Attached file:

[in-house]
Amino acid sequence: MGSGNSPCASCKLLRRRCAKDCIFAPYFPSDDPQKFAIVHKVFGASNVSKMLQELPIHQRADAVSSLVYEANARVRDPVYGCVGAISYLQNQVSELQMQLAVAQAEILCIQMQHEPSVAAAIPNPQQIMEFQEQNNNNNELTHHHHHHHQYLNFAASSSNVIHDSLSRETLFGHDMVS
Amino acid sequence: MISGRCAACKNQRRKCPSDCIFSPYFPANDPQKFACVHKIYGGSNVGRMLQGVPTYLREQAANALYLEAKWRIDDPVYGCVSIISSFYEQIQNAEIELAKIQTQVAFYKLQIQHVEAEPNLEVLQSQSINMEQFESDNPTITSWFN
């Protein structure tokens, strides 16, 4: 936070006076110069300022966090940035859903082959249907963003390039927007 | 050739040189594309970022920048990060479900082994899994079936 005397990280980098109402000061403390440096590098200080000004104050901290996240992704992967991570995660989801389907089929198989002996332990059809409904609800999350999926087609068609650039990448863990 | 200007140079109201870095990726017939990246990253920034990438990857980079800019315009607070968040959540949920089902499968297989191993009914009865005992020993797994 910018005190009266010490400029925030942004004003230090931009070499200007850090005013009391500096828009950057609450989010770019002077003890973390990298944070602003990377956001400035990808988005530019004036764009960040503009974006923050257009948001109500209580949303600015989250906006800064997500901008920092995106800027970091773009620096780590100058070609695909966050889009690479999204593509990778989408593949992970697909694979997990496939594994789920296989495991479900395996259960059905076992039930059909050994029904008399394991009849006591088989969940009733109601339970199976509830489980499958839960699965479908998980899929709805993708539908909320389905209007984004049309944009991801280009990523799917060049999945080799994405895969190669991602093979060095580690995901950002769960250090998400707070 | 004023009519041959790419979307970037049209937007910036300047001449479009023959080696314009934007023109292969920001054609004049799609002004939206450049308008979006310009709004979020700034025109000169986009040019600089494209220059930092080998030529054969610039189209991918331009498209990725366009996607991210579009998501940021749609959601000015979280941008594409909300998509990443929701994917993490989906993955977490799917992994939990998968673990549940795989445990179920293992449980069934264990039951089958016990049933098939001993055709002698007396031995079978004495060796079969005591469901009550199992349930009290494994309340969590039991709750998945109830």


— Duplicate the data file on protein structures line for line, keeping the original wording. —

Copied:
[in-house]
Amino acid sequence: MGSGNSPCASCKLLRRRCAKDCIFAPYFPSDDPQKFAIVHKVFGASNVSKMLQELPIHQRADAVSSLVYEANARVRDPVYGCVGAISYLQNQVSELQMQLAVAQAEILCIQMQHEPSVAAAIPNPQQIMEFQEQNNNNNELTHHHHHHHQYLNFAASSSNVIHDSLSRETLFGHDMVS
Amino acid sequence: MISGRCAACKNQRRKCPSDCIFSPYFPANDPQKFACVHKIYGGSNVGRMLQGVPTYLREQAANALYLEAKWRIDDPVYGCVSIISSFYEQIQNAEIELAKIQTQVAFYKLQIQHVEAEPNLEVLQSQSINMEQFESDNPTITSWFN
């Protein structure tokens, strides 16, 4: 936070006076110069300022966090940035859903082959249907963003390039927007 | 050739040189594309970022920048990060479900082994899994079936 005397990280980098109402000061403390440096590098200080000004104050901290996240992704992967991570995660989801389907089929198989002996332990059809409904609800999350999926087609068609650039990448863990 | 200007140079109201870095990726017939990246990253920034990438990857980079800019315009607070968040959540949920089902499968297989191993009914009865005992020993797994 910018005190009266010490400029925030942004004003230090931009070499200007850090005013009391500096828009950057609450989010770019002077003890973390990298944070602003990377956001400035990808988005530019004036764009960040503009974006923050257009948001109500209580949303600015989250906006800064997500901008920092995106800027970091773009620096780590100058070609695909966050889009690479999204593509990778989408593949992970697909694979997990496939594994789920296989495991479900395996259960059905076992039930059909050994029904008399394991009849006591088989969940009733109601339970199976509830489980499958839960699965479908998980899929709805993708539908909320389905209007984004049309944009991801280009990523799917060049999945080799994405895969190669991602093979060095580690995901950002769960250090998400707070 | 004023009519041959790419979307970037049209937007910036300047001449479009023959080696314009934007023109292969920001054609004049799609002004939206450049308008979006310009709004979020700034025109000169986009040019600089494209220059930092080998030529054969610039189209991918331009498209990725366009996607991210579009998501940021749609959601000015979280941008594409909300998509990443929701994917993490989906993955977490799917992994939990998968673990549940795989445990179920293992449980069934264990039951089958016990049933098939001993055709002698007396031995079978004495060796079969005591469901009550199992349930009290494994309340969590039991709750998945109830």